Daily Hampshire Gazette [Hampshire MA]
October 23, 2022
By Scott Merzbach
[Photo above: Peter Pollard of Amherst is the first recipient of the Stop It Now! Founders Award. Jenny Coleman is the executive director of Stop It Now!, which focuses on getting potential perpetrators the help they need before they sexually abuse a child. Staff Photo / Carol Lollis]
Peter Pollard was a Daily Hampshire Gazette reporter in 1987 when he covered a tragedy in which a 2½-year-old Plainfield girl was in a coma in an emergency room, allegedly injured at the hands of her abusive father.
That man, making his home in a trailer, had lived in foster homes and been adopted, and the unfortunate outcome for his own child, Pollard says, may have stemmed from the sexual abuse he encountered with foster families.
“It allowed me to look at my own experiences of being sexually abused as a child and helped me understand that we as a community had failed this guy as he was growing up,” says Pollard, who was victimized by a Catholic priest. “We were collectively responsible for what happened to his 2½-year-old daughter.”
In the 35 years since he worked on that news story, Pollard has focused on methods to prevent child sexual abuse, not in conventional ways, though, but instead by aligning his work with the mission of the Northampton-based Stop It Now!, an organization focused on getting potential perpetrators the help they need before abuse takes place.
A former public education director for Stop It Now!, Pollard praises the organization for aiming to prevent sexual abuse of children and giving individuals and families the foundation and resources so perpetrators can understand they are not monsters and can lead productive lives.
Pollard, of Amherst, last week received the inaugural Founders Award from Stop It Now! Executive Director Jenny Coleman, both for his previous work with the organization and his ongoing advocacy, including being a member of its advisory council.
“Peter struck us as someone who has both courage and an ability to talk to folks in a nonalarming way about real-life experiences,” Coleman said.
Pollard’s work has included being a regional coordinator of the Survivors Network of those Abused by Priests, communications director for 1in6 Inc., which provides support and information to male survivors of sexual abuse and assault, and a visiting fellow at the Office for Victims of Crime in Washington, D.C., focusing on young men of color who experience violence.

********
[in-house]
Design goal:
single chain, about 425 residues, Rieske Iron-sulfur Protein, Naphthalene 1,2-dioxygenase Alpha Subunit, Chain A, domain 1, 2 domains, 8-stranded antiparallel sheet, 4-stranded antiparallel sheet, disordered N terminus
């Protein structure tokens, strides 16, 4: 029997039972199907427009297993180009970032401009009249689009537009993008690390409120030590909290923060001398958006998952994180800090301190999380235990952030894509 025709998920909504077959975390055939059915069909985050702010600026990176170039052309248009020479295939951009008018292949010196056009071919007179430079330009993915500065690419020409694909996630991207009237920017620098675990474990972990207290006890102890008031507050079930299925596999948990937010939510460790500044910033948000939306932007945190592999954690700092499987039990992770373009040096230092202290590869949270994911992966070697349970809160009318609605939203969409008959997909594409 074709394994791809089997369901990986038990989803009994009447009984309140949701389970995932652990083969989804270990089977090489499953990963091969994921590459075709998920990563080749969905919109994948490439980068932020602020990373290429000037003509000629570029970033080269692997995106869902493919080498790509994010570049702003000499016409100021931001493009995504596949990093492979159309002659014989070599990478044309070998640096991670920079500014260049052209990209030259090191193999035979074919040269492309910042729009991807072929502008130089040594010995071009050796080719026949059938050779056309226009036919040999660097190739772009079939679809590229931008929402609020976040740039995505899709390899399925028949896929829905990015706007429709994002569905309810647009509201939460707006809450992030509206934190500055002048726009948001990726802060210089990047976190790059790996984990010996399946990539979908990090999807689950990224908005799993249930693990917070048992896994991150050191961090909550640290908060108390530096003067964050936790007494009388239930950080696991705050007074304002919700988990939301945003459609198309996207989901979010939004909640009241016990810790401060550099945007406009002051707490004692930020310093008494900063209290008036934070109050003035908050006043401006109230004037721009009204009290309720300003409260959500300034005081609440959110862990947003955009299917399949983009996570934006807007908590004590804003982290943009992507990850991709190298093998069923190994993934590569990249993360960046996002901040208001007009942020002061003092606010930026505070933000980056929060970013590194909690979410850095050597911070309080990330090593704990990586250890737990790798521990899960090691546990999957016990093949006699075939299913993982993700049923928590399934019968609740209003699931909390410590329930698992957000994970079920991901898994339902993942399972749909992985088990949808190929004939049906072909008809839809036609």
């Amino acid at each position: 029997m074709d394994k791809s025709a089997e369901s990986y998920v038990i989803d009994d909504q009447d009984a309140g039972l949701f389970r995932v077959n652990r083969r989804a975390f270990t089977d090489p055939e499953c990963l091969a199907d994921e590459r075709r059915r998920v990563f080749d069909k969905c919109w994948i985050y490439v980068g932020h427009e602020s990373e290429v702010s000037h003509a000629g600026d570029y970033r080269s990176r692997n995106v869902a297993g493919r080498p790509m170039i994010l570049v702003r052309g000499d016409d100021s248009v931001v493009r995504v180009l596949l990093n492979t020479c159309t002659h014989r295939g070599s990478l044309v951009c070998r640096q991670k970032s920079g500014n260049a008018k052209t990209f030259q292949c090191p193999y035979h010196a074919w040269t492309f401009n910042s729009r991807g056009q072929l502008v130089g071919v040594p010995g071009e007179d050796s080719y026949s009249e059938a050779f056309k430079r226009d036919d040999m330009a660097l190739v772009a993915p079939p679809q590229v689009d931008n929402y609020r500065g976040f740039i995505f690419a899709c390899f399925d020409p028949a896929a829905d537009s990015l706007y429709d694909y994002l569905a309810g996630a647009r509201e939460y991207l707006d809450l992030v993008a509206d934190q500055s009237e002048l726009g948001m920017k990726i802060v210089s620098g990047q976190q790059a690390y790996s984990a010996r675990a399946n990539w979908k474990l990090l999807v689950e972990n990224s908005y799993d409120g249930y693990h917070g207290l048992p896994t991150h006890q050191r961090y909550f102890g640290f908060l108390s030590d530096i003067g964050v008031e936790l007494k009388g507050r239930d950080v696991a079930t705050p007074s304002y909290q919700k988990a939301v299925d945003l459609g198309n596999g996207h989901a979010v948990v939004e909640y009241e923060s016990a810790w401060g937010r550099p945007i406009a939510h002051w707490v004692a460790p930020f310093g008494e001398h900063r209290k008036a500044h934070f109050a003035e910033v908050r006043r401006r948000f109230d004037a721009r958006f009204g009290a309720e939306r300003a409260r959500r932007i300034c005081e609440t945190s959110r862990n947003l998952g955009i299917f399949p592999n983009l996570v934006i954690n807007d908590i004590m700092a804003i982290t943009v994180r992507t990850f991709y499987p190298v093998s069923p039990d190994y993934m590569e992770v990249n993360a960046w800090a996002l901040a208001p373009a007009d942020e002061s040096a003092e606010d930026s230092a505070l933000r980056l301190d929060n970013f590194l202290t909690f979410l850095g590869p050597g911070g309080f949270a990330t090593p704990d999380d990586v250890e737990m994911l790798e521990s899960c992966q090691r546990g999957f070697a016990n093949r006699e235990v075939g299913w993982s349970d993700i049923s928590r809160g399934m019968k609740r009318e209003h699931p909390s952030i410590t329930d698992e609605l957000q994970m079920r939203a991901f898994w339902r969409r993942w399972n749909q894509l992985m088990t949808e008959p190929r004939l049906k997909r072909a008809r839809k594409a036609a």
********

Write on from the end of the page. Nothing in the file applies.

Pollard has also been able show both sides of issues and make all comfortable. “His voice is one of reason, hope and action,” Coleman said.
Stop It Now turns 30
The award comes as Stop It Now! marks its 30th anniversary with a 90-minute virtual recognition ceremony. That event includes the award presentation, testimonials for those who are fighting sexual abuse and interviews with those who have been instrumental in its success. Broadcast via its website, the program remains available for the public to watch online.
Coleman, director for six years and part of the organization for a decade, said as Stop It Now! has grown in stature nationally and internationally, it remains focused on prevention of child sexual abuse by creating hopeful, compassionate and respectful pathways for people to get counseling and treatment.
Stop It Now! founder Fran Henry, Coleman said, shifted the conversations that often put the responsibility on children, such as being about good touch and bad touch, to ones where perpertors would reach out for help, if only the resources were available.
“Fran helped shift the conversation to what adults could do, how can we build protective family advocacy and what will affect changes in behavior,” Coleman said.
In segments for the anniversary program, Henry said she was aware of people who might reach out for help, but had nowhere to turn, and built the program to provide help to them. As it has grown, expanding to a public health lens, Stop It Now! look at behaviors that are harmful and how those can be changed.
Stop It Now!’s best known program is the helpline that offers guidance, training and education and other means of reducing isolation.
“So much is about preventing child abuse and being able to support each other,” Coleman said.
For 15 years, Pollard worked for the state’s Department of Social Services, where he noticed people were becoming overwhelmed with cases. “They had never been given the tools to behave in a protective way,” Pollard said.
In 2002, he became active in the Survivors Network of those Abused by Priests.
Pollard then went to graduate school, becoming part of Stop It Now!’s team from 2005 to 2008. He was allowed to be open about being sexually abused as a child.
He supervised the helpline, noting the hardest part is that people want to demonize those with impulses to commit wrongful acts.
“The tendency to demonize them is harmful because it may prevent them from getting the help they need,” Pollard said.
He also wrote content for blogs and edited materials for Stop It Now!
Pollar spent years with ServiceNet focused on partner violence, like sexual abuse. “Every kind of harm and violence has a foundation in trauma,” Pollard said.
Coleman said the organizations’ goal is to reach new people, with the launch of whatsok.org, that will target people ages 14 to 21, people struggling with behavior of loved ones and themselves. It is a safe place for them to ask questions and get support and is part of that focus on prevention.
The abuse he suffered from a priest has allowed Pollard to understand the situations of others and maintain his commitment to ending child sexual abuse.
“I wouldn’t be who I am today if I hadn’t learned from that experience, and been able to heal from it,” Pollard said.
Scott Merzbach can be reached at email@example.com.